Baby vaccinations after Birth


This booklet will provide you with information about Bacille Calmette-Guerin (BCG) and hepatitis B vaccination that your baby should receive after birth.

Vaccination is the most important thing we can do to protect ourselves and our children against diseases. Since vaccines were introduced diseases like smallpox, polio and tetanus that used to kill or disable millions of people are either gone or seen very rarely. If people stop having vaccines, it is possible for infectious diseases to quickly spread again. We now have vaccines to prevent more than 20 life threatening diseases, helping people of all ages live longer, healthier lives
Having a vaccine also benefits your whole community through “herd immunity”. If enough people are vaccinated, it is harder for the disease to spread to those people who cannot have vaccines. For example, people who are ill or have a weakened immune system.

What is Immunity?

Immunity is the body’s way of preventing disease. When your baby is born, their immune system is not fully developed. This can put them at greater risk for infections. Vaccines reduce your child’s risk of infection by working with their body’s natural defenses to help safely develop immunity to disease. That is why they need vaccines to strengthen their immune system.
When germs like bacteria and viruses enter the body, your child’s immune system goes to work. It does three things

  • Recognizes the germ does not belong to the body, it is a foreign body.
  • Responds by producing antibodies to help destroy the germs.
  • Remembers these germs so if they try to infect your child again the antibodies can invade them before they make your child sick.

How do vaccines work?

Inside the vaccination there are killed or weakened germs. These are introduced into the body to cause an immune response like above. Because the germs are killed or weak it does not make your child sick, however it provides immunity. This means that if your child is infected from that germ again, the body will recognize it and attack the germ before it can make your child sick


How safe are vaccines?

All licensed vaccines are thoroughly tested to make sure they will not harm you or your child.

What is Bacillus Calmette-Guérin (BCG) vaccine?

Bacillus Calmette-Guérin (BCG) vaccination is offered to protect your baby against tuberculosis (TB).
Bacillus Calmette-Guérin (BCG) vaccine contains a weakened form of the bacteria germ that causes tuberculosis (TB). Because it is weakened it doesn’t actually cause tuberculosis (TB), but it helps your baby develop protection against tuberculosis (TB).

What is tuberculosis (TB)?

Tuberculosis (TB) is a bacterial infection, it usually affects the lungs but can also affect any part of the body. Infection with the tuberculosis (TB) germ may not develop into tuberculosis (TB) disease. Tuberculosis (TB) disease develops slowly in the body, and it takes several months for symptoms to appear. Most people who have tuberculosis (TB) infection will never develop tuberculosis (TB) disease. In these people, the tuberculosis (TB) bacteria remain inactive for a lifetime. In other people (for example, those who have weak immune systems), the bacteria may become active and cause tuberculosis (TB) disease.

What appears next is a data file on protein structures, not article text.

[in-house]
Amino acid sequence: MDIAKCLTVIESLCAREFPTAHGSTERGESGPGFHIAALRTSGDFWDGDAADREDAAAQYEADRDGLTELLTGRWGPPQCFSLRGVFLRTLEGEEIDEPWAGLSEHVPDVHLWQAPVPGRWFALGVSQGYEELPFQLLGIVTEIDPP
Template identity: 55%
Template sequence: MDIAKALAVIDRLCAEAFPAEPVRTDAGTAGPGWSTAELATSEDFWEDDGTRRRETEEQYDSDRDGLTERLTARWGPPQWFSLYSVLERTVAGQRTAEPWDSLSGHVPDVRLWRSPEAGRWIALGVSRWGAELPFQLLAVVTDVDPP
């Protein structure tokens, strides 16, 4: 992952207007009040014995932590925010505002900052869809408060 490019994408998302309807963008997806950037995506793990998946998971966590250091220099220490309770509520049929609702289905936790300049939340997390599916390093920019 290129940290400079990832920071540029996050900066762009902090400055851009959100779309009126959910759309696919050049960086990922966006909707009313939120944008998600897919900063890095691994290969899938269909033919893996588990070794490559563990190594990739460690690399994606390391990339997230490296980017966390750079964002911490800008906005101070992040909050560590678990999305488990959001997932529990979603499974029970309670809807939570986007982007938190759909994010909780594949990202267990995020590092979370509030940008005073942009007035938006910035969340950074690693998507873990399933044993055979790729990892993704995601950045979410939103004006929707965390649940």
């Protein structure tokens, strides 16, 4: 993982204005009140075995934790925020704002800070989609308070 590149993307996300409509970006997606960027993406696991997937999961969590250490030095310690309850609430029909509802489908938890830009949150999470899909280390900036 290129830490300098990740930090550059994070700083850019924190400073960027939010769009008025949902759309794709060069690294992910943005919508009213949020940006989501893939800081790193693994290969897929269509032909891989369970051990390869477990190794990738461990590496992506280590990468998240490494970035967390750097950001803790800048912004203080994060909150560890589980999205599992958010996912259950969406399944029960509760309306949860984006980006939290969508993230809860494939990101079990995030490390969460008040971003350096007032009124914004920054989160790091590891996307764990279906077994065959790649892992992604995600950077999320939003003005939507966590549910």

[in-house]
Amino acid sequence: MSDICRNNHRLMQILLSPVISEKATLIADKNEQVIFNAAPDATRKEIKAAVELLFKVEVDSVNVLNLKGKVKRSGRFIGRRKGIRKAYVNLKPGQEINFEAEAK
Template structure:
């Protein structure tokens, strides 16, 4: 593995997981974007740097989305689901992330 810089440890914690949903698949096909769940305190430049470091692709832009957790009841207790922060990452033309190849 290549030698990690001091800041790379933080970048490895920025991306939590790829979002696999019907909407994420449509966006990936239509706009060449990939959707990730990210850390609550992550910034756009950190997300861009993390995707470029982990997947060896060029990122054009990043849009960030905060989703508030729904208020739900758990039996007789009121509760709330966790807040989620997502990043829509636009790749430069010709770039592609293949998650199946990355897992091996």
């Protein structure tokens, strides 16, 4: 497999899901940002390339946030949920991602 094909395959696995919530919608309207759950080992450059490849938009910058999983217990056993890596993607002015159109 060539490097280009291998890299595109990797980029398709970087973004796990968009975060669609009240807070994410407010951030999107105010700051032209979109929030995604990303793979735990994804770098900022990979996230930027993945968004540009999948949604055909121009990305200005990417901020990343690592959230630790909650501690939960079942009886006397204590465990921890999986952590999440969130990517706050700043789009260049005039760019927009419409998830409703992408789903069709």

What are the symptoms of tuberculosis (TB)?

Symptoms will vary and the signs of disease in a baby may be different from those of an adult. As TB is infectious, it is important that you can recognize the disease in someone else.

You should contact a doctor if you, your baby, or any other member of your family, or a friend has any of the following:

  • Persistent cough that lasts for more than three weeks
  • Fever
  • Sweating, especially at night
  • Unexplained weight loss
  • A general and unusual sense of tiredness and being unwell
  • Coughing up blood

How is TB caught?

You can only catch TB from someone whose lungs or throat are already infected and who is coughing. When they cough, a spray of tiny droplets is produced that contain the bacteria. If you breathe in the droplets you can catch the infection. It takes close and prolonged contact with an infected person, for example living in the same house, to be at risk of being infected.

How is my baby vaccinated?

Your baby will be given the BCG vaccination in the upper part of the left arm.
This vaccination should be given within the first 24 hours. However, it can be given at any time up to five years, but will be less effective.

What are the side effects?

Immediately after the injection, a raised blister will appear. This shows that the injection has been given properly.
Within two to six weeks of the injection a small spot will appear. This may be quite sore for a few days, but it should gradually heal. It may leave a small scar.